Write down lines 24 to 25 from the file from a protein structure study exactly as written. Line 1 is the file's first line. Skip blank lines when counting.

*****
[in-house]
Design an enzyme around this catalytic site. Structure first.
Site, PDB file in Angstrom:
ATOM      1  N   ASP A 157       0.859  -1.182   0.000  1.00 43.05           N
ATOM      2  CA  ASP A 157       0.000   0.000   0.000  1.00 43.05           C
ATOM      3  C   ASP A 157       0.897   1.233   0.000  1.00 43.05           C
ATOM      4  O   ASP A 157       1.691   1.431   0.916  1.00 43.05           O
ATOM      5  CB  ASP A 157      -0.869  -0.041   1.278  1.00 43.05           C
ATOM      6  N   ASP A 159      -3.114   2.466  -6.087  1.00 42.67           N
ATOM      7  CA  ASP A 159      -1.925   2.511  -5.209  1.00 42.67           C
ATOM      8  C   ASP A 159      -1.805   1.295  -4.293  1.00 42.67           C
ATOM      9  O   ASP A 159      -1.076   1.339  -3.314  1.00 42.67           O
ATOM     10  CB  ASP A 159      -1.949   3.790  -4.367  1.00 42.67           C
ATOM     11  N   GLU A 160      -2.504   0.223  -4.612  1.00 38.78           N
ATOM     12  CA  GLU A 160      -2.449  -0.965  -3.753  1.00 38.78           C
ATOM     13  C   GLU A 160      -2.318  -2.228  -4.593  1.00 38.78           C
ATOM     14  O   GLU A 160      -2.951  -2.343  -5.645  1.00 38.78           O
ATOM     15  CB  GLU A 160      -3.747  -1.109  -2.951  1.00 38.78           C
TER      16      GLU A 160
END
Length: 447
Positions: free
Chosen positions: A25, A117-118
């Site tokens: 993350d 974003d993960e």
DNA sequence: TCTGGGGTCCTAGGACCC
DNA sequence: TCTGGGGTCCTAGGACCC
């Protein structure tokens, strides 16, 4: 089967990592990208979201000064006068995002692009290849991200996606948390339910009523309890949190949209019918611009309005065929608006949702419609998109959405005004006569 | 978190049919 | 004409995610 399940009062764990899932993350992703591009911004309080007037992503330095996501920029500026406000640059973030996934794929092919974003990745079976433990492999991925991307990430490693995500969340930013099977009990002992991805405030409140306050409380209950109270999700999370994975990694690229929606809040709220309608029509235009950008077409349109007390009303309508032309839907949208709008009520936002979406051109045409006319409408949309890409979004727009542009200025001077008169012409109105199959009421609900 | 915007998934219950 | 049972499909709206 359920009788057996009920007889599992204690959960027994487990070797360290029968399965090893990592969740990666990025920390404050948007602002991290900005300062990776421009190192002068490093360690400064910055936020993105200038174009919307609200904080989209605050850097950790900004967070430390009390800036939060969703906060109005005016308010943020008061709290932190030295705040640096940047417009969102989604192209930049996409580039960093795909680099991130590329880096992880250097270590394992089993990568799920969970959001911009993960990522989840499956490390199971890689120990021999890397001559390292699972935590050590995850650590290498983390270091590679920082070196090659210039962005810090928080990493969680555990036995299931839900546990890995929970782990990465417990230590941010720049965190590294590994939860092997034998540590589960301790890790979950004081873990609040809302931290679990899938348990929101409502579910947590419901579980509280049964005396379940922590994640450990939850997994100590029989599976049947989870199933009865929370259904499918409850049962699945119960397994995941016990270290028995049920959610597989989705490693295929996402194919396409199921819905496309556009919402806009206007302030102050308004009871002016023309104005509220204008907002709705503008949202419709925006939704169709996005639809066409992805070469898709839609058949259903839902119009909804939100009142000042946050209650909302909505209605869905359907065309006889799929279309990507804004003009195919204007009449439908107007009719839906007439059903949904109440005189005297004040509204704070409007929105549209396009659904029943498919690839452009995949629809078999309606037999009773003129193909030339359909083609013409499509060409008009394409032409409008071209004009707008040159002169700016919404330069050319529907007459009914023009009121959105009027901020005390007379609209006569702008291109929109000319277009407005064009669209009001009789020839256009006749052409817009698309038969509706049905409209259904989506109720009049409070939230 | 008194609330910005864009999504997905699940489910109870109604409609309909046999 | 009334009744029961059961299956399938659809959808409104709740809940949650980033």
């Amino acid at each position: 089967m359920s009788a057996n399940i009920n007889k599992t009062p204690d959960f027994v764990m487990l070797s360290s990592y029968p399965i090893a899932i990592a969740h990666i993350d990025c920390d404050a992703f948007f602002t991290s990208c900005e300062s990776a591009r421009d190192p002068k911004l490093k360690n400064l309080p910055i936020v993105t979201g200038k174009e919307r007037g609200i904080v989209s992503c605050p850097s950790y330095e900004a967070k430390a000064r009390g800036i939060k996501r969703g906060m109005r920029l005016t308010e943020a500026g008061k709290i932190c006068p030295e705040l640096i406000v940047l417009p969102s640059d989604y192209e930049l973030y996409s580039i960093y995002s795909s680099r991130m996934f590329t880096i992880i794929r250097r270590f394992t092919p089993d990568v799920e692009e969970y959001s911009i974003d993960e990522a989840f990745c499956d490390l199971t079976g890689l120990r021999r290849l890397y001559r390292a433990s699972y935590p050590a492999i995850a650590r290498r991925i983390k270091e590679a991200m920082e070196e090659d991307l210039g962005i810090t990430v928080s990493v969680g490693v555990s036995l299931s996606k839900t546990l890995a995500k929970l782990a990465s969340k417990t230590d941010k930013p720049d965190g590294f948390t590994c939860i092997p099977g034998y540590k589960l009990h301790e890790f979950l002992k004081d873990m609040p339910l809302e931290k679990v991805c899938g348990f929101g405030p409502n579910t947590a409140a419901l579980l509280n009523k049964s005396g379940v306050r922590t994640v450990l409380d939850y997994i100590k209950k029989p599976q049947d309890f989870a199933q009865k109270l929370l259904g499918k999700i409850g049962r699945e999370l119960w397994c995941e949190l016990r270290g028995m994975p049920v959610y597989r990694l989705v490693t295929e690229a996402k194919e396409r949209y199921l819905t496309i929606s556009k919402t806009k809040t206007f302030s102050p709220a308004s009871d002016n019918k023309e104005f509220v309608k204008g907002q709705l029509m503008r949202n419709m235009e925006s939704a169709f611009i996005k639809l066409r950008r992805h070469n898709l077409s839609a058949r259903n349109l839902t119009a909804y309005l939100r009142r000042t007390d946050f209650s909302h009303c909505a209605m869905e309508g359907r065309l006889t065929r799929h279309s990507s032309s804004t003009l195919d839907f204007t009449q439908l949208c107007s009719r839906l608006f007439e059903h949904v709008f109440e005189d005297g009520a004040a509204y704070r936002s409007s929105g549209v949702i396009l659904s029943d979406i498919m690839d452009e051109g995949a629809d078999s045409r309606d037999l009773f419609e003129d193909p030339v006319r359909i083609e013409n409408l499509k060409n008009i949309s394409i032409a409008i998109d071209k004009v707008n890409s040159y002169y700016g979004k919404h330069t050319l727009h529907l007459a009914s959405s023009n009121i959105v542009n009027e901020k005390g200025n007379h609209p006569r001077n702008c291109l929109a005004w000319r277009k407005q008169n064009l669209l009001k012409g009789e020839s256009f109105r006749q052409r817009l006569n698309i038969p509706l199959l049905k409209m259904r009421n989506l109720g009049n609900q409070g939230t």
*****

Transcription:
């Site tokens: 993350d 974003d993960e």
DNA sequence: TCTGGGGTCCTAGGACCC